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Giallo January


Giallo film posters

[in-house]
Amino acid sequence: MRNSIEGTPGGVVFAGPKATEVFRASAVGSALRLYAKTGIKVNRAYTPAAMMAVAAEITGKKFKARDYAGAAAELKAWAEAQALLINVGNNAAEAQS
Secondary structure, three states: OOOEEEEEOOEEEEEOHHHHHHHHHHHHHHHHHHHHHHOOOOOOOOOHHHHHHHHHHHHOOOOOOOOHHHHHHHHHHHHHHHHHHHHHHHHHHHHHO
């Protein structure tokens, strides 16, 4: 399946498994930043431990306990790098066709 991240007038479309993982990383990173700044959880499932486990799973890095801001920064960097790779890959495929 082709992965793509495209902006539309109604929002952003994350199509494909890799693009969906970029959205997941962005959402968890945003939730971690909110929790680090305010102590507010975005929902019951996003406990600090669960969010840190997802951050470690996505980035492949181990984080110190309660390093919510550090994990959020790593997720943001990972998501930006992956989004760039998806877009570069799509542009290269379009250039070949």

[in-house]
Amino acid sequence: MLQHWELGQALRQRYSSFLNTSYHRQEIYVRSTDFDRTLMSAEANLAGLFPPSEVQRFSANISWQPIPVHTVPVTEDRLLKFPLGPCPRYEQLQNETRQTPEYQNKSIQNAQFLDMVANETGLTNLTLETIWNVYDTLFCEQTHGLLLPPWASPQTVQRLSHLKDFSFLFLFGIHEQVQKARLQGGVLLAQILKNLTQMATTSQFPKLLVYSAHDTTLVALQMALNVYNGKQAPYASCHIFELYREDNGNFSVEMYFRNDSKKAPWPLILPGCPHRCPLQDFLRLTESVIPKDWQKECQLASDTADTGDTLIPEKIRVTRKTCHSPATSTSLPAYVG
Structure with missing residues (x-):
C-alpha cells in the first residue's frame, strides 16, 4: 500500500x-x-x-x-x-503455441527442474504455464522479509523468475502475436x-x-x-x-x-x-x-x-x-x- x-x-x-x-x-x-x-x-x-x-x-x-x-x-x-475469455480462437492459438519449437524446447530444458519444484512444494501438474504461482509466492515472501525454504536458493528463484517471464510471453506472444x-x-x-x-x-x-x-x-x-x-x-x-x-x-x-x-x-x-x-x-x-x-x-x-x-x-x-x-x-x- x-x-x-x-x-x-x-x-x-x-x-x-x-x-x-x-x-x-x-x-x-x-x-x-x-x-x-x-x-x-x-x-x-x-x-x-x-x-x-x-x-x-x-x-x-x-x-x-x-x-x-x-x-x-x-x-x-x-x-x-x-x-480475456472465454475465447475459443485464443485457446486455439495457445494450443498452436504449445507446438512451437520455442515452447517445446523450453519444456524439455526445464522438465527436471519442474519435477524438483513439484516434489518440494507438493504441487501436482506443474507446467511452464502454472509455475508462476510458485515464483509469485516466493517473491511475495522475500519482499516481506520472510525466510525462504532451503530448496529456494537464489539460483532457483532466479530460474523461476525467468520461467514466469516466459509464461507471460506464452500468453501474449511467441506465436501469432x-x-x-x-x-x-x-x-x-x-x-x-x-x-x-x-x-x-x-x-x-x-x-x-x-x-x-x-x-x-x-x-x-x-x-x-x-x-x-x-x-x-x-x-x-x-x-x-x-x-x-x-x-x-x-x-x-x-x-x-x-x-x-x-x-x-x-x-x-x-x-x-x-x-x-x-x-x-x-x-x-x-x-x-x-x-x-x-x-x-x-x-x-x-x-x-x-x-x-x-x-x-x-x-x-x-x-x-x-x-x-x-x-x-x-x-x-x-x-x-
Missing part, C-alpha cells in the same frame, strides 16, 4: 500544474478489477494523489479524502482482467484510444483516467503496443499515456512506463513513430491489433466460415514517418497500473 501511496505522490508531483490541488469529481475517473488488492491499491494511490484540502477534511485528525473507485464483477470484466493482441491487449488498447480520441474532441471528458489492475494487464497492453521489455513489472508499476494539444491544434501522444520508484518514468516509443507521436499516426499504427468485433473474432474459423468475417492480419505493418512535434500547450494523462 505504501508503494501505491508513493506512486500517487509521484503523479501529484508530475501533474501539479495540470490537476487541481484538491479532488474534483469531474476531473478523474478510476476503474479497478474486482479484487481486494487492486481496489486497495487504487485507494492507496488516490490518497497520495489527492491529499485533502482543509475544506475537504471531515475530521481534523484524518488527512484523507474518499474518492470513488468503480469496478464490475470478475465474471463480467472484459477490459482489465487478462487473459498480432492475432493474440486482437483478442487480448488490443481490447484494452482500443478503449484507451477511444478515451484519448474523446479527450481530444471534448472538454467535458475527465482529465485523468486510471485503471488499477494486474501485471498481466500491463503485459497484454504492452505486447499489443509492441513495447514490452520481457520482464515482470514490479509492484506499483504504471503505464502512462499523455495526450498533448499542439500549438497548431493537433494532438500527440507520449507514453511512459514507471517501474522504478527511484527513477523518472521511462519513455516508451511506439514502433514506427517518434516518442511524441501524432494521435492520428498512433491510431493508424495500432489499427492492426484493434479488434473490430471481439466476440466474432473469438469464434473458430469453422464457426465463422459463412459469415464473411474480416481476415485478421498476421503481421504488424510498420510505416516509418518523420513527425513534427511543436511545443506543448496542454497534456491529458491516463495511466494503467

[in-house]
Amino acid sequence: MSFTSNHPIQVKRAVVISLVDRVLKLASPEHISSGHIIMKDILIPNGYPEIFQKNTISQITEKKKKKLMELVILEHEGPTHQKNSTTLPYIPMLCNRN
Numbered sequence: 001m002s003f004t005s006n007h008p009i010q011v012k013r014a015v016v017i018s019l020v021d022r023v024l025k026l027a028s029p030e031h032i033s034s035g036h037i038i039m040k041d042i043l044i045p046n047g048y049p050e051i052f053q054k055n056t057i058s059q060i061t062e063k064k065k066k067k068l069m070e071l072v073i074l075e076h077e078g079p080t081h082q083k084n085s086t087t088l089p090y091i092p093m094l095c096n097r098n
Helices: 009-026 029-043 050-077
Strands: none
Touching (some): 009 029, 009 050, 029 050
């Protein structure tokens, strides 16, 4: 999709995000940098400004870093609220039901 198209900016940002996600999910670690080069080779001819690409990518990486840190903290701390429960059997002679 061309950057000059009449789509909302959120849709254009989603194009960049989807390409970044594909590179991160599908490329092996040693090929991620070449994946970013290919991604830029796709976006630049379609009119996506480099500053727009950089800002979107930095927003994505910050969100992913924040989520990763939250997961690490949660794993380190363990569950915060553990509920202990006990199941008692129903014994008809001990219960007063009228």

I managed to watch six films for Giallo January this year, mostly first-time watches. The tropes of the Giallo (black-gloved killer, straight razor, whodunnit mystery, convoluted plots etc) are so well utilised that if I watch too many of them together they tend to blur into one big dream-like film, which isn’t a bad thing. 1. The Case of the Scorpion’s Tale (1971) One of director Sergio Martino’s many Giallo, Case, like his others, is fun as hell, beautifully filmed and edited, and twists and turns its way towards the final revelation and murderous climax. And the score by Bruno Nicolai is an all-timer - menacing acoustic guitar (yep), discordant tones and jazzy interludes and is highly listenable. 2. Trauma (1978) This late period Spanish Giallo lacks the mood and twisting narrative of the Italian films, but it is brimming with a potent mix of passion and melodrama. Trauma also has a Psycho-esque bent with the hotel setting and mysterious attic-bound person. 3. Short Night of Glass Dolls (1971) Aldo Lado’s film is a stand out in the genre for its wild framing device whereby the main character finds himself ‘dead’ in a morgue but still conscious and trying to solve his own murder. A fun and twisty lark. 4. Four Flies On Grey Velvet (1971) Dario Argento is a confirmed master of the Giallo and Four Flies is his third in the Animal Trilogy, after The Bird With the Crystal Plumage and Cat O Nine Tails. A ‘70s rock drummer is followed and tormented by a masked killer after he accidentally kills a man. Argento’s style is in full effect and it’s a great Giallo but the main character is an unlikeable douche. 5. Hatchet For the Honeymoon (1970) Mario Bava was another master of the macabre and this film is different in that it reveals and then follows the killer almost from he first frame. Stylish and beautifully filmed. 6. Seven Bloodstained Orchids (1972) Not the greatest Giallo but I can’t really hate any of them and Umberto Lenzi’s film is fine but not wholly memorable and it does have a pretty great Riz Ortolani score to groove to.

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